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• PMCT was used to create a biological profile of Richard III.
• The PMCT results were compared to the dry bone examination.
• Using PMCT alone produced a comprehensive anthropological report of the remains.
• Bones should be scanned before reconstruction.
• Additional images highlighted trauma that was missed at the dry bone examination.
In August 2012 a skeleton was excavated in Leicester that was subsequently identified as that of Richard III, the last King of England to die in battle. In addition to a traditional full osteological analysis, an independent osteological assessment was undertaken using post-mortem computed tomography (PMCT). This publication presents the methods that were used for the PMCT examination of the skeleton, the results achieved and a comparison to the traditional osteological results. The results from the PMCT examination are comparable to those achieved from the osteological examination, but were carried out remotely, with no contact with the remains. This system is therefore extremely beneficial when dealing with fragile remains, particularly those of great historic significance.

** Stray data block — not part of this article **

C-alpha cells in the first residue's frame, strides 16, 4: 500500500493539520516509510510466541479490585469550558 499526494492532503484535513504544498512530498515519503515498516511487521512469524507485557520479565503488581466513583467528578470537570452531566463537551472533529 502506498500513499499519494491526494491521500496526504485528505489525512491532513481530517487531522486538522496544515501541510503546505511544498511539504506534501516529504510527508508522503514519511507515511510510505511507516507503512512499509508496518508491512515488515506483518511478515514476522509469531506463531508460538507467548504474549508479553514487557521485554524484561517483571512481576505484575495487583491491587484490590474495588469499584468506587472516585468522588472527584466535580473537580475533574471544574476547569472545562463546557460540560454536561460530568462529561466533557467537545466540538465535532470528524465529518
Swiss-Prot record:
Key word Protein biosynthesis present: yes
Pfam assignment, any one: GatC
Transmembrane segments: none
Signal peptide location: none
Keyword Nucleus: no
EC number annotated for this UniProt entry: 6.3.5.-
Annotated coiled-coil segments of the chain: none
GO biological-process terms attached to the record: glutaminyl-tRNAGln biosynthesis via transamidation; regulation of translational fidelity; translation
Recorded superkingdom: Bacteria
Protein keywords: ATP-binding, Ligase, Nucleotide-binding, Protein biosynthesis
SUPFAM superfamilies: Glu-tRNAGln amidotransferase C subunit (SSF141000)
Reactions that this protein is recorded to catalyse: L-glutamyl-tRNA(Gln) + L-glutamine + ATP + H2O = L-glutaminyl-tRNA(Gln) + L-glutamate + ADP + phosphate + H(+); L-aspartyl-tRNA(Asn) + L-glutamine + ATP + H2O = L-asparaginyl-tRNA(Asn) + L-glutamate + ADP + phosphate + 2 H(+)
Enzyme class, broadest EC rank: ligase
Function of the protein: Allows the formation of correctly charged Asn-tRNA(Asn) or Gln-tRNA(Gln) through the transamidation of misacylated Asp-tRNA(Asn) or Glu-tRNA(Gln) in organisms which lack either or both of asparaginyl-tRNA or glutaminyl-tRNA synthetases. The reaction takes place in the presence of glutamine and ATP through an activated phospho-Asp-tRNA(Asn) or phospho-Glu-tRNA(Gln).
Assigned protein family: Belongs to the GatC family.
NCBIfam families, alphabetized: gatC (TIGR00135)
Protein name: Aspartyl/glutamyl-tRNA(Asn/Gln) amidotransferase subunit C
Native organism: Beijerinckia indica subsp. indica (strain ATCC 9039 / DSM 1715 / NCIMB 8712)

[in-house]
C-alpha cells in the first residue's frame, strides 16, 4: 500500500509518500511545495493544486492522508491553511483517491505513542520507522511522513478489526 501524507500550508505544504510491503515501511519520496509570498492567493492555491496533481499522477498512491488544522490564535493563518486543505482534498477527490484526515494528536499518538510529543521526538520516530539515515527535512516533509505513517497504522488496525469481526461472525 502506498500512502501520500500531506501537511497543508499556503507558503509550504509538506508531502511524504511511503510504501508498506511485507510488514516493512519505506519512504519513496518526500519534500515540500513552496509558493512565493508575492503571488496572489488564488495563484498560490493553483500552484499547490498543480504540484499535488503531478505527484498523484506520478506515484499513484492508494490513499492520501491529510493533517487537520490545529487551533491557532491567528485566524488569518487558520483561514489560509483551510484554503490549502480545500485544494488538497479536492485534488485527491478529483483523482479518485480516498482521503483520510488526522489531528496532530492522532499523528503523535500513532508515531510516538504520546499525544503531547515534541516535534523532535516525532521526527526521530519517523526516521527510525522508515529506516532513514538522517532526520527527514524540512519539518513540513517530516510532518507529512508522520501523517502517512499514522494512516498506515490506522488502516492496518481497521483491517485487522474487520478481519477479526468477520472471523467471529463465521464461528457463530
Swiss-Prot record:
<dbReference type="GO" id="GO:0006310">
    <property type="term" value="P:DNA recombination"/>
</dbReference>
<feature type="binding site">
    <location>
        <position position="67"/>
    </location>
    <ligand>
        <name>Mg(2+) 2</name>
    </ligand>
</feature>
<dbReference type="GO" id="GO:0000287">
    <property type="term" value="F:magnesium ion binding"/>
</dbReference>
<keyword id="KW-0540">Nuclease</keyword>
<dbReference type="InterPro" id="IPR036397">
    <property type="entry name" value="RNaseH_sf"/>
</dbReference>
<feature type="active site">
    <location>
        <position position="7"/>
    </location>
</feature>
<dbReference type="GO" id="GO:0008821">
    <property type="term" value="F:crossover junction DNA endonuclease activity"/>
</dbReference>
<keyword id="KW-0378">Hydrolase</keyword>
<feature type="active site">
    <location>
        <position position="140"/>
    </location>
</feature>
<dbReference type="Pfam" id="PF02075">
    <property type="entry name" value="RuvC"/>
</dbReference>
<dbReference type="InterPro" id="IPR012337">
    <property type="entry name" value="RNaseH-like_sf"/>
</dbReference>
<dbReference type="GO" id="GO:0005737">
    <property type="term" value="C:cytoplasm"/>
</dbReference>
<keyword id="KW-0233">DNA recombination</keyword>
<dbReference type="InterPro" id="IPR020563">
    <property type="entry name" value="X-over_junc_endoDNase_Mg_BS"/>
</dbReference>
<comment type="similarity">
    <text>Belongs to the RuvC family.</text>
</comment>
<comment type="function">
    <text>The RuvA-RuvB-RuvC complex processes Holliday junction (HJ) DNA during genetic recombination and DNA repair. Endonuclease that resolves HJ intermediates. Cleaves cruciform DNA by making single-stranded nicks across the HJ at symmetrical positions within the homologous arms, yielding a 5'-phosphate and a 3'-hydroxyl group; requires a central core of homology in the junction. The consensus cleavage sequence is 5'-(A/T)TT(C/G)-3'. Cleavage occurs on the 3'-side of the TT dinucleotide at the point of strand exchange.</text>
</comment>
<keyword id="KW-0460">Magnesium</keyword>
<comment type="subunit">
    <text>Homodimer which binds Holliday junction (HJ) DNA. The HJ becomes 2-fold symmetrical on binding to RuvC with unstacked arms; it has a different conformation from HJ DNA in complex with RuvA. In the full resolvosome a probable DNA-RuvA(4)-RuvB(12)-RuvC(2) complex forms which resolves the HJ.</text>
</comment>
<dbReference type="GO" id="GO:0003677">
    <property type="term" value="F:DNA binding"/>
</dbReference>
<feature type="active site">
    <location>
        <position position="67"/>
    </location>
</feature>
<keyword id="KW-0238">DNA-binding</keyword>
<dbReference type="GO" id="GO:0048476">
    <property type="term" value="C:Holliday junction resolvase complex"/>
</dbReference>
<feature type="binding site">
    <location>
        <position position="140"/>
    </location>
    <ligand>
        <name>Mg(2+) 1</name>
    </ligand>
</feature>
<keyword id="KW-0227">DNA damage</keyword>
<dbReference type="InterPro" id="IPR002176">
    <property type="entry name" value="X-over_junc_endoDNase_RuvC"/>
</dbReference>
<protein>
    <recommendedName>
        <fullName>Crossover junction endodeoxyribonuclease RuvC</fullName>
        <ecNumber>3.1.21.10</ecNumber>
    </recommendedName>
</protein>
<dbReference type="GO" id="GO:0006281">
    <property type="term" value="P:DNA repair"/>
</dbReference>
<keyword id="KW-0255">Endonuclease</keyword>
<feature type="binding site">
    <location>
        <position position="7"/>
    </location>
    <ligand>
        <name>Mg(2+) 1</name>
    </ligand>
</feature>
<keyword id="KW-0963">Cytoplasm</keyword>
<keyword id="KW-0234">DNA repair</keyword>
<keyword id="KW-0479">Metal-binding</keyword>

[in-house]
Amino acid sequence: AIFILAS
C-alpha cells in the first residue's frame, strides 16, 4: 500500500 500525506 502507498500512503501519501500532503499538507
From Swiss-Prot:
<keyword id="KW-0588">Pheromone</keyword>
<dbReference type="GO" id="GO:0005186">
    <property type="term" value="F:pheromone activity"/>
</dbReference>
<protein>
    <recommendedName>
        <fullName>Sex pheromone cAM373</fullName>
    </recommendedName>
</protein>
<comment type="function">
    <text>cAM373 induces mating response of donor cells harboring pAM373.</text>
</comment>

Journal: Journal of Forensic Radiology and Imaging - Volume 5, June 2016, Pages 31–37